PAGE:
Our tropical sea treasures are under threat. Despite increasing pressures from the oil and gas industry and some kinds of fishing, less than 7% of these regions waters are fully protected in marine sanctuaries.
Oil and gas
Rapid expansion of the oil and gas industry across the Ningaloo–Pilbara, Kimberley, Top End and Gulf pose a major threat to this unique marine environment.
Petroleum exploration and drilling not only disturbs underwater habitats and interrupts whale migration routes, it has caused disastrous oil spills such as the 2009 Montara incident, which spewed millions of litres of oil into the Timor Sea over a ten week period. The rapid expansion of the industry across these regions increases the risk of another spill, potentially even more damaging.
In the Top End a new petroleum lease was released in 2011 directly adjoining the Coburg Peninsula marine protected area, threatening sensitive marine life safeguarded by the region’s only underwater sanctuary.
In the Ningaloo–Pilbara and Kimberley, new oil and gas leases in the Carnarvon and Browse Basin pose real dangers to critical marine habitats including the Rowley Shoals, Ningaloo Reef and Shark Bay. Only recently, drilling started in deep water just off World Heritage-listed Ningaloo Reef.
The 180,000km2 of sea floor released for petroleum exploration in 2011 which filled gaps between existing leases is particularly concerning as it will increase the risks and impacts associated with this industry. More sensitive areas were released to the oil and gas industry in 2012.
There are many ways to catch a fish, but some kinds of fishing impact upon the marine environment more than others.
Each year, thousands of kilometres of sea floor across northern Australia are trawled to catch a range of prawns, fish and shellfish.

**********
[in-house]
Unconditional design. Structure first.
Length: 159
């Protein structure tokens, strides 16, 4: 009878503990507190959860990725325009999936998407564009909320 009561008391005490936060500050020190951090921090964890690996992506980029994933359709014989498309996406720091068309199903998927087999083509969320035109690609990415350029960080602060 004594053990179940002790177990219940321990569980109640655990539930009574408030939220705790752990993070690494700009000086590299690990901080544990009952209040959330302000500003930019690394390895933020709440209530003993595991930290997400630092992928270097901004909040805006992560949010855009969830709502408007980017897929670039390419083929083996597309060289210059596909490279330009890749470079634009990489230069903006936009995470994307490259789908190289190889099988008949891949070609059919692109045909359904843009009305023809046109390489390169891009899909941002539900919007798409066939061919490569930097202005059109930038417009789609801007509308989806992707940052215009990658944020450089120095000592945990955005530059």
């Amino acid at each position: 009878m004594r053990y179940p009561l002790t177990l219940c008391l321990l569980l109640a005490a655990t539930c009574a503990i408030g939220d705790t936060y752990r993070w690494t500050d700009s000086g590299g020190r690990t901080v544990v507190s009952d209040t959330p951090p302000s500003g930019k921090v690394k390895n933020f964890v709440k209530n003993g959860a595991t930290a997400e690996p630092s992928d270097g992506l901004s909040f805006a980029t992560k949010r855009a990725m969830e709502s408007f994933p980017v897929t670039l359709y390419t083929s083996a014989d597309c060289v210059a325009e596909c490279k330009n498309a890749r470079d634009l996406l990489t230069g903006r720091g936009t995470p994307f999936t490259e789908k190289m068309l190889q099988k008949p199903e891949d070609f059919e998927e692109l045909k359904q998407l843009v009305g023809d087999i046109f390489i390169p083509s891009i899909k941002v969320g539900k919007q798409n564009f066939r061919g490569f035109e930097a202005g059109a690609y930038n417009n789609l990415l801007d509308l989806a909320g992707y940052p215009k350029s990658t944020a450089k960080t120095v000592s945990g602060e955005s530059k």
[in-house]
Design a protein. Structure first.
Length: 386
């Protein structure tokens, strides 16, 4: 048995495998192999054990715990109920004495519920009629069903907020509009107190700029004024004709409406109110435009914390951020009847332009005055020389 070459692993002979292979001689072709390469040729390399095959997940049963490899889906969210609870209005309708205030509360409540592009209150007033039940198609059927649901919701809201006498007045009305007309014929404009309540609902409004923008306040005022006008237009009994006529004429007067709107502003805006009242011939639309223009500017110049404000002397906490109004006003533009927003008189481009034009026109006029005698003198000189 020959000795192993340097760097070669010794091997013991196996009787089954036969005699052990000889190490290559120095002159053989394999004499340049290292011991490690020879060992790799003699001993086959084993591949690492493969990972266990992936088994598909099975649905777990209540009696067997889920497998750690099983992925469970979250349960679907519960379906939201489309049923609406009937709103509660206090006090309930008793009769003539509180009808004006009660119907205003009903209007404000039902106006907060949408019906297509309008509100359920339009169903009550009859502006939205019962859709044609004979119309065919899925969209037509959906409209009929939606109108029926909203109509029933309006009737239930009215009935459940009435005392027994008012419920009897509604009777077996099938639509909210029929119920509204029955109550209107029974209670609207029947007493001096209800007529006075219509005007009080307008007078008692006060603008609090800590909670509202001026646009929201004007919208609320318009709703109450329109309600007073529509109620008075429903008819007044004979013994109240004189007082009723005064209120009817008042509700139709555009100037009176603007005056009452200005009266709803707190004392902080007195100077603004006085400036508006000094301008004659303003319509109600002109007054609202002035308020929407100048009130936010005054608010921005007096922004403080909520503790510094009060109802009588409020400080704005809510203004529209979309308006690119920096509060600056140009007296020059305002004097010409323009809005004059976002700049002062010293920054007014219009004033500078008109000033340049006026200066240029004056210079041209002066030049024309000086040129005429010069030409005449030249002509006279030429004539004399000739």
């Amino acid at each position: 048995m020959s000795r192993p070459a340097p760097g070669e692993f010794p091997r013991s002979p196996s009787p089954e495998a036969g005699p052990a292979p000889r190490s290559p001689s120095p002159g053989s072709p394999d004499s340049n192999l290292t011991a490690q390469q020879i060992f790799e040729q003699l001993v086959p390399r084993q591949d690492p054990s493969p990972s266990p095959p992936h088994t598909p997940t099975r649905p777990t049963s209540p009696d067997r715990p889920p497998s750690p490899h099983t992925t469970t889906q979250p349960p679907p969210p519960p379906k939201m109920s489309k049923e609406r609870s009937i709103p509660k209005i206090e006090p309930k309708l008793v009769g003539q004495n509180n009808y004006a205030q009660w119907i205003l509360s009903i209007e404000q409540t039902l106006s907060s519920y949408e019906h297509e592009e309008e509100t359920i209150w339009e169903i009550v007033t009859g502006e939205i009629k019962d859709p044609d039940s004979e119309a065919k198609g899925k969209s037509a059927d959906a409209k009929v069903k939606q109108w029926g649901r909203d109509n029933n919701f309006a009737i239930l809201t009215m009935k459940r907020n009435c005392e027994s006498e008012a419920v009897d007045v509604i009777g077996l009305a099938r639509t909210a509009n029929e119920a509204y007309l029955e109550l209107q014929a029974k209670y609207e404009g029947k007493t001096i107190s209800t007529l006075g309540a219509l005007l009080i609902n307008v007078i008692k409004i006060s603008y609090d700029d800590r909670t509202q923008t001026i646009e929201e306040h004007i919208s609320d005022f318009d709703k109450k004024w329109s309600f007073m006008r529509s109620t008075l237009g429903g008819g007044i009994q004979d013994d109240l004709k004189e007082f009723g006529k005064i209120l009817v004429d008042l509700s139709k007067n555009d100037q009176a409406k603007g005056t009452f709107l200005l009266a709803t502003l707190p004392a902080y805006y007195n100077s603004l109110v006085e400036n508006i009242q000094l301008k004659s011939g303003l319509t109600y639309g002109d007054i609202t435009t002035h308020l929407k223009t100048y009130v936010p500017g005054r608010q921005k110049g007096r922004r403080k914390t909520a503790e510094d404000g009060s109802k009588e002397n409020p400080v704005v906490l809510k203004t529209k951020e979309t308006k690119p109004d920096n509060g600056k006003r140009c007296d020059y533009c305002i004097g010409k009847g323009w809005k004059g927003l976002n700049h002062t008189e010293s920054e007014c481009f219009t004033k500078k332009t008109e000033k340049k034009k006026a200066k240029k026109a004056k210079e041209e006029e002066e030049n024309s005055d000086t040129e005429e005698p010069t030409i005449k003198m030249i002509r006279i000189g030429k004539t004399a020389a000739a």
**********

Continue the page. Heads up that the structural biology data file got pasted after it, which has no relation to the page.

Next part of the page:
Trawlers catch prawns and other fish by dragging weighted nets across the seabed, but in doing so they can damage sea floor habitats like sea grass meadows and sponge gardens.
Trawlers also accidentally catch (or ‘by-catch’) non-edible fish and other marine life that swim along, or attach to, the sea floor. By-catch is often thrown overboard as waste.
The welcome introduction of Turtle Exclusion Devices has reduced by-catch of sea turtles by 98%, however vulnerable sawsharks, dwarf lionfish, wobbegongs, sea snakes and porcupine rays are still being caught by trawlers in the Top End and Gulf.
In the Pilbara, there are efforts to reduce the by-catch of dolphins however, there is still a serious problem while by-catch reduction devices have reduced the amount of overall by-catch, uncertainty remains over the survival of wildlife released from the devices.
The need to reduce sea floor damage and further reduce by-catch impacts, remain serious sustainability challenges for the trawling industry across the Ningaloo–Pilbara, Kimberley, Top End and Gulf.
Australia’s tropical seas are home to many rare and endangered shark species but existing fishing regulations may be insufficient to protect them.
Sharks need our protection because they play a critical role as a top predator in our oceans, keeping populations of other marine life in check. Yet shark numbers continue to decline dramatically worldwide.
While developing countries like Palau, the Maldives and Honduras have declared large marine sanctuaries to protect sharks in their tropical waters, Australia needs to do more to ensure a healthy future for our magnificent tropical sharks.